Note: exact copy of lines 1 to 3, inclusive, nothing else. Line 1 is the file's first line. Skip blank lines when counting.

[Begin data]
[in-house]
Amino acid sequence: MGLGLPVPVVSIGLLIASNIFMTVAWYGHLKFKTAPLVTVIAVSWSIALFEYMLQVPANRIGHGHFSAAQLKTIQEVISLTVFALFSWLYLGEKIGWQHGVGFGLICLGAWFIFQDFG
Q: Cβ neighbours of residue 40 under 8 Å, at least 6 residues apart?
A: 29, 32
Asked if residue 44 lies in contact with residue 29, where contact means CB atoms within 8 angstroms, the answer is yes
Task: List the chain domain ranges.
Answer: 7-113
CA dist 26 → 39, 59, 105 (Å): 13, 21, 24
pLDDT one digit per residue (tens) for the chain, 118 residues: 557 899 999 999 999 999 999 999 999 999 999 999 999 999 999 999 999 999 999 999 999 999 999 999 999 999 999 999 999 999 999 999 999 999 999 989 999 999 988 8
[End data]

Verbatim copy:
[in-house]
Amino acid sequence: MGLGLPVPVVSIGLLIASNIFMTVAWYGHLKFKTAPLVTVIAVSWSIALFEYMLQVPANRIGHGHFSAAQLKTIQEVISLTVFALFSWLYLGEKIGWQHGVGFGLICLGAWFIFQDFG
Q: Cβ neighbours of residue 40 under 8 Å, at least 6 residues apart?